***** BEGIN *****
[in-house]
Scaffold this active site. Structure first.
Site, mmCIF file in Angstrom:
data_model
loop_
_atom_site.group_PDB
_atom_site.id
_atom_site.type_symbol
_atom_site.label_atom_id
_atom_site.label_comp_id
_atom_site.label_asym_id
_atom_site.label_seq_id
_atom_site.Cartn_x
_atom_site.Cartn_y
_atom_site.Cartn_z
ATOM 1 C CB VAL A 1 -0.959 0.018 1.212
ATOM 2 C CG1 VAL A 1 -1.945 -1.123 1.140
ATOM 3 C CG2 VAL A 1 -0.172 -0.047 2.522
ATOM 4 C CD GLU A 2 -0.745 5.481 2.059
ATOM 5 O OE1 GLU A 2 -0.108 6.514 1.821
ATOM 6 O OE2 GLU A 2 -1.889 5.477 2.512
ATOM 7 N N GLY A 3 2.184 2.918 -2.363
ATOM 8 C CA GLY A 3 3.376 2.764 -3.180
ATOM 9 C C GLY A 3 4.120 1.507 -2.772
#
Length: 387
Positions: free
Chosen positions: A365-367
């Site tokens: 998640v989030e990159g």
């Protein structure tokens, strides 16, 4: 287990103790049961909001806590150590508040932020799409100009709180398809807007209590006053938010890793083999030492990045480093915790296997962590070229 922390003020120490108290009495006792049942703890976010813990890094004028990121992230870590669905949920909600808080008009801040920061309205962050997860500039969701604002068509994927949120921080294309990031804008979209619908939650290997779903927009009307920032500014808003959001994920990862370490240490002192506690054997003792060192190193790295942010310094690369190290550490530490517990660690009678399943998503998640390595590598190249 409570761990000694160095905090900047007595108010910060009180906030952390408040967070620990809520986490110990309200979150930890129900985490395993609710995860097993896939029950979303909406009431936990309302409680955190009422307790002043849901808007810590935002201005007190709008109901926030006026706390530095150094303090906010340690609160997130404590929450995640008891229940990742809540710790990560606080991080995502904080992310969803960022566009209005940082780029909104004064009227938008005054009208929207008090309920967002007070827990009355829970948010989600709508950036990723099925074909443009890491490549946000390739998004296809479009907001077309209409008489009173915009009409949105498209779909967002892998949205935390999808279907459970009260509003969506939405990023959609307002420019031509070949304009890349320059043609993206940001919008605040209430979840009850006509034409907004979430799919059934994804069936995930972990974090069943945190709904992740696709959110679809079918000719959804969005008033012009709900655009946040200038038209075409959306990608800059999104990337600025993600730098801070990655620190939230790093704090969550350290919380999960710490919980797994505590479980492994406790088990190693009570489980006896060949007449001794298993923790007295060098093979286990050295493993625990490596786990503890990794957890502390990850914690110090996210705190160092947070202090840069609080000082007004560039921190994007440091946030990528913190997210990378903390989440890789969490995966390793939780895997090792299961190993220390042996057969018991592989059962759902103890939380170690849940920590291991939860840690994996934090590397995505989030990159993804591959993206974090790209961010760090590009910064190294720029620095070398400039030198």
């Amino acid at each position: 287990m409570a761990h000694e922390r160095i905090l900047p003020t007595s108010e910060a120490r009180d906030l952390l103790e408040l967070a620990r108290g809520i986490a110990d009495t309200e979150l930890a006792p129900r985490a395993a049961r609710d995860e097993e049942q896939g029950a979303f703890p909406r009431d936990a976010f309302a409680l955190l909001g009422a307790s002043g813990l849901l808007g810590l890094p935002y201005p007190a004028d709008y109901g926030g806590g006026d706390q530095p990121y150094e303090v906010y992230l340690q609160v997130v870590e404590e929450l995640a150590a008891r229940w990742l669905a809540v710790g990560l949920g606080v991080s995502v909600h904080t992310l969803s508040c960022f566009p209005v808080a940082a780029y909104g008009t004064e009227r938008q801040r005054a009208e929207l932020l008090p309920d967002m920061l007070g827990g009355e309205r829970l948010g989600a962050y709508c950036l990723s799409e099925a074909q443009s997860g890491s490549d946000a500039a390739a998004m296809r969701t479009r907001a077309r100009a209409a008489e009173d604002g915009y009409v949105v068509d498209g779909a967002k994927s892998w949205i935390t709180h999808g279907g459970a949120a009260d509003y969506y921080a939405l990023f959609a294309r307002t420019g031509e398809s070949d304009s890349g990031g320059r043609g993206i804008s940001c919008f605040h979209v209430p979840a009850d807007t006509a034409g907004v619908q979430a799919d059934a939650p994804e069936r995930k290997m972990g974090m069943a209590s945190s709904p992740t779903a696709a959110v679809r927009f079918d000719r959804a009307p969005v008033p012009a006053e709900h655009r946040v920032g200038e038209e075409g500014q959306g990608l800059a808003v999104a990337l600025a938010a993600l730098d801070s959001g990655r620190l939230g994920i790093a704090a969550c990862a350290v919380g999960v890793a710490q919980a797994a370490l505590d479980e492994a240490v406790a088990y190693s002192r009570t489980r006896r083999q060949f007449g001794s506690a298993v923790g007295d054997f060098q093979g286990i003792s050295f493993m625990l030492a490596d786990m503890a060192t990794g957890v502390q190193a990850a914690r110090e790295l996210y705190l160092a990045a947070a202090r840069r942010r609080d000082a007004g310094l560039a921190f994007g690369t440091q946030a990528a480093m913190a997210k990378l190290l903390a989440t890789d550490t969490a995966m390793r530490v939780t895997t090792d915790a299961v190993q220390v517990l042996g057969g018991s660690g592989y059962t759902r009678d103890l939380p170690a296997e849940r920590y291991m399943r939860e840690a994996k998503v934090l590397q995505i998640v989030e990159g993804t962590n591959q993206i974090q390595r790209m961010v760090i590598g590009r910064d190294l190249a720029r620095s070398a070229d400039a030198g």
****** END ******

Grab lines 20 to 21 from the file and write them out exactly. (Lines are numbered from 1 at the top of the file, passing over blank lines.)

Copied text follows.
ATOM 5 O OE1 GLU A 2 -0.108 6.514 1.821
ATOM 6 O OE2 GLU A 2 -1.889 5.477 2.512